The functional significance of H1 is presumably quite different with regard to VCH and the object-detection circuit. The excitatory response of the right eye VCH to leftward saccades (Fig. 8) must be attributable to H1 and H2, because HSE does not display such a response. Because the major role of VCH is thought to provide an inhibitory surround for object-detecting cells like FD1 (Haag and Borst, 2002), the effect of the transient excitatory response during a leftward saccade in VCH will be a transient suppression of FD1. Without this suppression (indirectly resulting from H1), FD1 would be strongly excited by the optic flow associated with a leftward saccade, because the resulting front-to-back flow in the right eye is excitatory to FD1. Thus, FD1 would then erroneously signal the presence of an object. We therefore hypothesize that the large H1 response in the left eye H1 to leftward saccades is used via VCH as saccadic suppression for the right eye FD1 cell [for a review on saccadic suppression, see Ross et al. (2001)]. Thus, H1 then takes over the role of the right-eye HSE, which fails to be strongly excited by leftward saccades and thus cannot provide, via VCH, the required suppression for FD1. The response characteristics of H1 are well suited for saccadic suppression: H1 is sensitive enough to produce nearly saturating responses even to relatively small saccades (Fig. 4A) and thus clearly marks the period in which saccadic suppression is needed (Figs. 2B, 3B). For a direct check on whether H1 performs this role for FD1 during naturalistic optic flow, we are currently preparing measurements on FD1 in which both the H1 input into VCH and the depth structure of the visual surround is manipulated.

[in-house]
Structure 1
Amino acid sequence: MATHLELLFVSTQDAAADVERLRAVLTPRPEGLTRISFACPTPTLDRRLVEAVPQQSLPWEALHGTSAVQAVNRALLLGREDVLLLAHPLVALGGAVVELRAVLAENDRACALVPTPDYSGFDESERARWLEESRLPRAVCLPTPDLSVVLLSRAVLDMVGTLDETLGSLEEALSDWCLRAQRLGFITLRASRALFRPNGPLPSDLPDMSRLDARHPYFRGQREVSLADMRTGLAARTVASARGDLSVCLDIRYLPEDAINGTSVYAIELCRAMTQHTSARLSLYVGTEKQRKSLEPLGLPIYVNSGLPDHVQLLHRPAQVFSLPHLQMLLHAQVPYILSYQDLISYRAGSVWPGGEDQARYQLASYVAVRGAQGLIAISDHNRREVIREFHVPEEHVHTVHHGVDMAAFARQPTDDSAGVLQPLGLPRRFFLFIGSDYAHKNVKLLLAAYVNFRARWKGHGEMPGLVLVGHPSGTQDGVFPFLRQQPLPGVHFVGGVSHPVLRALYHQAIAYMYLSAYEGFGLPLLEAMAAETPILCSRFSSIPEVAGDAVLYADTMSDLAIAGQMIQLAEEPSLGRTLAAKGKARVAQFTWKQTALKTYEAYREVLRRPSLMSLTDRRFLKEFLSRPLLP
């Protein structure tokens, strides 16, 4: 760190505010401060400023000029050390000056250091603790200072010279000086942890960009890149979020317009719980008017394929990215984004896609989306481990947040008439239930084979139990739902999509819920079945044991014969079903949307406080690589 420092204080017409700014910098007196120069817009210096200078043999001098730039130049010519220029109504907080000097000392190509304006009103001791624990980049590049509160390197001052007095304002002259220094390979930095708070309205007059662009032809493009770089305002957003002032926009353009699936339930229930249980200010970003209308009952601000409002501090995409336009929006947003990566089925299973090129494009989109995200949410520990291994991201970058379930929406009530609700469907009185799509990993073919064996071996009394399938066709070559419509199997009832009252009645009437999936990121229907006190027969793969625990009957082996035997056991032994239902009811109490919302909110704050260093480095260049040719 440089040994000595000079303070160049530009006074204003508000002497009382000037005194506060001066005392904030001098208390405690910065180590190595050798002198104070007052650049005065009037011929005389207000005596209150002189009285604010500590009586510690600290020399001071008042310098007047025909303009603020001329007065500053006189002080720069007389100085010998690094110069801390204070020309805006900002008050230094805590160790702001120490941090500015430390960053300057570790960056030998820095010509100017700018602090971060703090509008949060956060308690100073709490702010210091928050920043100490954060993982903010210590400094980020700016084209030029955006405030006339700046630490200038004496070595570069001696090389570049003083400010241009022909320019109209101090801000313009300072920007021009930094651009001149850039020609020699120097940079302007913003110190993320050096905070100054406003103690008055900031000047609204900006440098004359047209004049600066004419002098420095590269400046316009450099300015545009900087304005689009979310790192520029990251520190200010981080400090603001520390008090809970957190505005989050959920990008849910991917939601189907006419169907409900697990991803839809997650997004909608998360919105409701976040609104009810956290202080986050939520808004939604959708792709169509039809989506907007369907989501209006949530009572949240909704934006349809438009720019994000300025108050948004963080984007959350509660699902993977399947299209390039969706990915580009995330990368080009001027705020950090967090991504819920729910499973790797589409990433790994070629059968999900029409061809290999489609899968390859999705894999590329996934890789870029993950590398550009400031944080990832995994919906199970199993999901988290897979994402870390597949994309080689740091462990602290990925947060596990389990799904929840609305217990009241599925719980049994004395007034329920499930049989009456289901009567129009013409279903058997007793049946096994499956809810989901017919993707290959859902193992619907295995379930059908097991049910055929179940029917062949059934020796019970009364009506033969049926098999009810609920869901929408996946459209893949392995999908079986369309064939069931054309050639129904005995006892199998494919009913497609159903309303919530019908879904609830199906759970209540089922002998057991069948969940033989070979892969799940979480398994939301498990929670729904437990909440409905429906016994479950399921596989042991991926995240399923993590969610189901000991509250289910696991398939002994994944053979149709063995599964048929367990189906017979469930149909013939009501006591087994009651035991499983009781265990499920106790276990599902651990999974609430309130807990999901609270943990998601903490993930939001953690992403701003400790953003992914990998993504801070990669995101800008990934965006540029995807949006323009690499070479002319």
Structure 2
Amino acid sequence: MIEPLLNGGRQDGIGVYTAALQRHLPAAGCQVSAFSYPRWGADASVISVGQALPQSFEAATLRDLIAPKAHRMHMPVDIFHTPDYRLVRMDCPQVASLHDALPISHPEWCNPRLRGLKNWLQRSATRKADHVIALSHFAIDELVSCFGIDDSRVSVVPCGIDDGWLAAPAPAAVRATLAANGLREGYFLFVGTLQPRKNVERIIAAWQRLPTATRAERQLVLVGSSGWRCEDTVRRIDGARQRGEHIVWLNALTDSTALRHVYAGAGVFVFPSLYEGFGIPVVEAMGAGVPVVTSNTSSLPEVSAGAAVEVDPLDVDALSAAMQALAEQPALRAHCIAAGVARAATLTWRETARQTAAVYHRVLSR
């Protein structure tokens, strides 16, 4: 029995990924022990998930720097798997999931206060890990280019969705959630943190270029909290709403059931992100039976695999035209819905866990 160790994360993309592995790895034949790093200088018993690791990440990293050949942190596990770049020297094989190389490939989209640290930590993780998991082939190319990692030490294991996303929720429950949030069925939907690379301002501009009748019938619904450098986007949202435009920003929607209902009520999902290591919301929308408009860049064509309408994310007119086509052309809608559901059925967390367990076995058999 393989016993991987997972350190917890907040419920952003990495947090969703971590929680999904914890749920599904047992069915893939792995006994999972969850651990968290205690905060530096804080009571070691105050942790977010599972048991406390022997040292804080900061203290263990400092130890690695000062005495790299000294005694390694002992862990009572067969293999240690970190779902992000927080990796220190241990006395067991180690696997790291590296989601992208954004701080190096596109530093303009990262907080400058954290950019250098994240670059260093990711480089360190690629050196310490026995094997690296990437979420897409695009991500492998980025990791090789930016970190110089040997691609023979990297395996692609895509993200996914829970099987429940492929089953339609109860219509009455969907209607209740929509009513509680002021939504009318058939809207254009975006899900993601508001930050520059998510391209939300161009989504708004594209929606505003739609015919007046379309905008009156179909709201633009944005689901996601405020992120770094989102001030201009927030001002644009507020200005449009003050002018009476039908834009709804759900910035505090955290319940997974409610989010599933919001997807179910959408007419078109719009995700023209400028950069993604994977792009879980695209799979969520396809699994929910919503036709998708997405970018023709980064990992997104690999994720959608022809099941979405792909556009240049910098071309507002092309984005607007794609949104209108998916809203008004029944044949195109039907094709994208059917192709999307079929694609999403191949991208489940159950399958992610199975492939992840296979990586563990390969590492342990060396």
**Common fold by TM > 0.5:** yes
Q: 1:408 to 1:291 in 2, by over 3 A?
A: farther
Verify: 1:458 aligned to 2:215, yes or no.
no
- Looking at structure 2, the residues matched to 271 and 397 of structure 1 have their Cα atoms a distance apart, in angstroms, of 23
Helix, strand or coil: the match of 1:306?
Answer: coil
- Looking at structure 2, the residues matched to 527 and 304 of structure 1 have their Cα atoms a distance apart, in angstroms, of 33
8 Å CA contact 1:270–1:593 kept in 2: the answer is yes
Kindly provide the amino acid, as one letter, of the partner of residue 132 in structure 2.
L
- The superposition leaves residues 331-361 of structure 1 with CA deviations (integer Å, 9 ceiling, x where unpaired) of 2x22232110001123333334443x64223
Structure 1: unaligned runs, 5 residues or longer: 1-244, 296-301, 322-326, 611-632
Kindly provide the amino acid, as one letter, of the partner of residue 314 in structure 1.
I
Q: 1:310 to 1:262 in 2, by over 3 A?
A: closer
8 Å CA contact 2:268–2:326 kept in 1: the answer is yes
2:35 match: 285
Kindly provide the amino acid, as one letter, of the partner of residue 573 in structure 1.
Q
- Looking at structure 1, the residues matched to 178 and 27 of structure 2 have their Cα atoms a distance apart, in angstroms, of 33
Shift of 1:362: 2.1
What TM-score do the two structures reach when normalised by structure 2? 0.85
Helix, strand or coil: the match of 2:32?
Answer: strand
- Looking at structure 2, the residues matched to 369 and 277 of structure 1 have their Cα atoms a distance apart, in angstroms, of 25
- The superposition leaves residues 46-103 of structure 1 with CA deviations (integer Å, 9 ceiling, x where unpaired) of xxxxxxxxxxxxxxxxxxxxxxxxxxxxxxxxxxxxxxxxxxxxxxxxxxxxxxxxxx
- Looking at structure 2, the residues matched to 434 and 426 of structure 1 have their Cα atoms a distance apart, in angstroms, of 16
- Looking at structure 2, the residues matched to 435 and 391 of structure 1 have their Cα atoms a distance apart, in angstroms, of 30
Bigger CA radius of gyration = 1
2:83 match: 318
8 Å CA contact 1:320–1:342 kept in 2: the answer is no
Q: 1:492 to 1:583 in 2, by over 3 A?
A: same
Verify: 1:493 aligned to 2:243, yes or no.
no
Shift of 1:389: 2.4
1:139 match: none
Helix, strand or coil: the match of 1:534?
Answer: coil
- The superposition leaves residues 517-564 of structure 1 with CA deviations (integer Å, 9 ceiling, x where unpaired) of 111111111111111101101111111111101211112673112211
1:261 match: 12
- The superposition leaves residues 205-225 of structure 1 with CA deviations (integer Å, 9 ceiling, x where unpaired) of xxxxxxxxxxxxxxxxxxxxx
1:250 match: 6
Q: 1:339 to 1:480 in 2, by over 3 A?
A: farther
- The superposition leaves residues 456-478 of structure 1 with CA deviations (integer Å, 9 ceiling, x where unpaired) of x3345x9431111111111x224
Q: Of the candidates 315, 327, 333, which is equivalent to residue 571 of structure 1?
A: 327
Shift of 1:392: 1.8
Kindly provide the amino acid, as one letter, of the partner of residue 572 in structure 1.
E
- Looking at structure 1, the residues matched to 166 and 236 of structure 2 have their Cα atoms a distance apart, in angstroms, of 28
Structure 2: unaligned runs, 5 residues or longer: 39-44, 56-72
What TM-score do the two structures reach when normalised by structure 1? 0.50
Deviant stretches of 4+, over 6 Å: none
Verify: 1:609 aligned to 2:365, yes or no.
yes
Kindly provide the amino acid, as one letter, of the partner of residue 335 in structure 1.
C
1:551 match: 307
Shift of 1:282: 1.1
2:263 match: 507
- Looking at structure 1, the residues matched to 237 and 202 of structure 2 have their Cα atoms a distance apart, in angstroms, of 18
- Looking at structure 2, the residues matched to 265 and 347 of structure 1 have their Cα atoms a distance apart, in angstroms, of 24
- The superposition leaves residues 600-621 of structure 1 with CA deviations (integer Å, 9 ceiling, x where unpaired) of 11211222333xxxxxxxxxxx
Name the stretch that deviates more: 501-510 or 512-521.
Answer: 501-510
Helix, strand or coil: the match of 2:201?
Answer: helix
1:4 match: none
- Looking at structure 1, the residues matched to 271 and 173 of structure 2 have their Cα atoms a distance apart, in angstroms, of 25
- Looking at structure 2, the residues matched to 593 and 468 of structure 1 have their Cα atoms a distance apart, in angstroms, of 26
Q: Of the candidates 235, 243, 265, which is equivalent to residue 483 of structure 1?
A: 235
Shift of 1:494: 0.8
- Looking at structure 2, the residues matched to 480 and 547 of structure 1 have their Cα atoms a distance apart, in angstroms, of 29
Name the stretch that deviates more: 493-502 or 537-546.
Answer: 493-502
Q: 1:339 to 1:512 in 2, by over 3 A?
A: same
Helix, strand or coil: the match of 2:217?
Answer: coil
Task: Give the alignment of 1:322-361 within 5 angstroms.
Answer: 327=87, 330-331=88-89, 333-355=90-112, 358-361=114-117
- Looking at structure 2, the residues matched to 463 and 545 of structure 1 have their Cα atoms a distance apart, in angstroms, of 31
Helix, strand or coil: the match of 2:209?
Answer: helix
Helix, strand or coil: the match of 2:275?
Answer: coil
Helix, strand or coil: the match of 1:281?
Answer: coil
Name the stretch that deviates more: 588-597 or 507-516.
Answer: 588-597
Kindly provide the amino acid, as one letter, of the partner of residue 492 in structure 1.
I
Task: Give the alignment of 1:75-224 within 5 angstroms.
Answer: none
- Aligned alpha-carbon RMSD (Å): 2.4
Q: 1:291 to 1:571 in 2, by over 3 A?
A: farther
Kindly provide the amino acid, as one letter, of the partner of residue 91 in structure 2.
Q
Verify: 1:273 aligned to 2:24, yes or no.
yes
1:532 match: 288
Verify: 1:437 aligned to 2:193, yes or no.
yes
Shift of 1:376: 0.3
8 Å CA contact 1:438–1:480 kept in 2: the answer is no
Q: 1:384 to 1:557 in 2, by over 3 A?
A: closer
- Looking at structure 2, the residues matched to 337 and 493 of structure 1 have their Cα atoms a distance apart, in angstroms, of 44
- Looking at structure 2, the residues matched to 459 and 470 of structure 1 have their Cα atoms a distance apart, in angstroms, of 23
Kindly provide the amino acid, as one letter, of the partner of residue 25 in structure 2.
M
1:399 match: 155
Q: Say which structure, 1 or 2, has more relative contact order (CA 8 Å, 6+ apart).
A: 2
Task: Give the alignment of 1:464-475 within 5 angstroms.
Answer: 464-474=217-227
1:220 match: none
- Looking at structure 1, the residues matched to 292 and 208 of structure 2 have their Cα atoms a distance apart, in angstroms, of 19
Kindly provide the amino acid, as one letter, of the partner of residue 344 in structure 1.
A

For saccadic suppression to be effective, only a high spike rate is needed (H1 response in Figs. 4A, 8), whereas the details of the spike pattern in the saccadic response are not relevant. This is consistent with the fact that decoding of the H1 spike train appears to be a straightforward, linear summation of EPSPs onto VCH (Horstmann et al., 2000). The high information rate and information per spike of the original stimulus (Fig. 6), which is dominated by the saccadic response, are then not too relevant. Although these measures formally relate to the mutual information between stimulus and spike train, the information within the saccadic response is presumably mostly discarded and not used for visual information processing.